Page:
By Syma Chowdhry, Dan Majka, Andrew KramerREAD MORE: Several Philadelphia-Area Vaccination Clinics Temporarily Close After FDA, CDC Recommend Pausing Use Of Johnson & Johnson's COVID-19 Vaccine
PHILADELPHIA (CBS) — The man who was operating an excavator at the scene of Wednesday’s deadly building collapse in Center City is in police custody.
42-year-old Sean Benschop turned himself in to authorities at Central Detectives just after 3:30 p.m. on Saturday with a red jacket pulled over his head and a bandage on his arm.
An arrest warrant was approved late Friday night for Benschop after a search warrant was executed on his home earlier in the day. Police removed two computers and another box of unknown items from the home.
Authorities say Benschop was operating an excavator at 22nd and Market Streets when a wall of a building, slated for demolition, fell onto and crushed the Salvation Army thrift store, leaving six people dead and 14 others injured (see related story).
Toxicology reports show that Benschop was on pain killers and had marijuana in his system. Benschop’s lawyer, Daine Grey, says “those are allegations, they are not true.”
The blood, along with urine, was taken from Benschop at the hospital approximately two hours after the collapse.
Benschop allegedly told investigators that he was in pain and taking medication after recently cutting his finger. Grey did not comment on the injury, but says his client is innocent:READ MORE: WATCH LIVE: Philadelphia Officials To Provide COVID-19 Update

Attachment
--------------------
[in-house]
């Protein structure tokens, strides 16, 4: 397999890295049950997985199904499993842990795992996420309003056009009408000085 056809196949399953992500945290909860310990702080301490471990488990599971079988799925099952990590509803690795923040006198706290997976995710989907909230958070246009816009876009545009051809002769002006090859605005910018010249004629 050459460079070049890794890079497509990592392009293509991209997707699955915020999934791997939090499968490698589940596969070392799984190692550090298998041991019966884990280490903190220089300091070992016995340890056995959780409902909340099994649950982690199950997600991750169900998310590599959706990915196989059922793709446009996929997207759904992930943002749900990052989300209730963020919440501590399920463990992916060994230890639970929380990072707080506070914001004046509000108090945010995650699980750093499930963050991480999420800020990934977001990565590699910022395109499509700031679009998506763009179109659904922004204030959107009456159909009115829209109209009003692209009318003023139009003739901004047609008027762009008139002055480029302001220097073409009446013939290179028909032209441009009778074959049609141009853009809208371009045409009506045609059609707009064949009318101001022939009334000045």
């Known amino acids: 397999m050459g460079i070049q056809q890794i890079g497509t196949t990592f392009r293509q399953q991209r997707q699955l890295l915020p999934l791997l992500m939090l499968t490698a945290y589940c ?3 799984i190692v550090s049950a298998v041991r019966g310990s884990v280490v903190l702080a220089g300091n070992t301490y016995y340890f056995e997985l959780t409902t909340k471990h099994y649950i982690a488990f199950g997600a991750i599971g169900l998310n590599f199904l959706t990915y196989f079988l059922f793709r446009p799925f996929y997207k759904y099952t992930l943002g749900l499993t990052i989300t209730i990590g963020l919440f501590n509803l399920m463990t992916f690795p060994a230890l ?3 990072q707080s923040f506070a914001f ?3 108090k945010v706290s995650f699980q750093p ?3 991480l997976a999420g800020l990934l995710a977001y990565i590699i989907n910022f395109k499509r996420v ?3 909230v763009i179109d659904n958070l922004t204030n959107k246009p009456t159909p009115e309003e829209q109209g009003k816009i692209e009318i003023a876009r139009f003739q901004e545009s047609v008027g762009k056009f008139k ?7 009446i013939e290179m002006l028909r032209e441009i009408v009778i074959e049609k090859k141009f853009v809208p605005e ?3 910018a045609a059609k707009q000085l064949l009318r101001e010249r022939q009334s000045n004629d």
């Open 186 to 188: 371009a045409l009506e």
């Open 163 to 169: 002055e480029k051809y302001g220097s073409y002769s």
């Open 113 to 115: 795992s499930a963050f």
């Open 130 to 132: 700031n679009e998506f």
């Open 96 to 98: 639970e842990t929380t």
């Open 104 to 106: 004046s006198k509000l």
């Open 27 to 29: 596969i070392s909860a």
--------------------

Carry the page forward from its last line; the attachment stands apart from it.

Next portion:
“This was an accident but Mr. Benchop is not responsible and the responsible party will be held accountable”
Grey says Benachop has been in the business for more than 13 years. Records show Benschop had been arrested 11 times prior to this incident, including a conviction for possession and dealing drugs, but Grey says that has nothing to do with his ability to operate an excavator:
“This is not about drugs. It’s not about drug usage. It has nothing to do about prior convictions. It had nothing to do with this accident.”
Benschop is expected to be charged with six counts of involuntary manslaughter, 13-counts of recklessly endangering another person, and one count of risking a catastrophe. He invoked his fifth amendment rights and did not make a statement to police. Benschop now awaits arraignment.
Mayor Nutter issued the following statement on Saturday:
“Sean Benschop finally turned himself in to authorities today. It is because of his reckless and irresponsible behavior that six people died and thirteen people were hurt and buried under debris and bricks.
Our hearts are still hurting over the loss of those six good people, working or shopping at the Salvation Army Thrift Store, trying to ‘do good’. We continue to pray for the physical and mental recovery of the thirteen survivors.
It is my hope that the harshest level of charges are brought against Sean Benschop and he is punished accordingly. We must also seek answers from property owners Richard Basciano and Griffin T. Campbell who hired Benschop to do the significant job of operating heavy equipment. These three individuals bear the ultimate and sole responsibility for this tragedy. Justice will only be served if Sean Benschop receives a sentence that buries him in a jailhouse forever, just like his victims were buried on Wednesday.MORE NEWS: CDC, FDA Recommend US Pause Use Of Johnson & Johnson's COVID-19 Vaccine Over Blood Clot Concerns
Let us keep all the families affected by this horrific event in our thoughts and prayers, and never forget what happened that day.”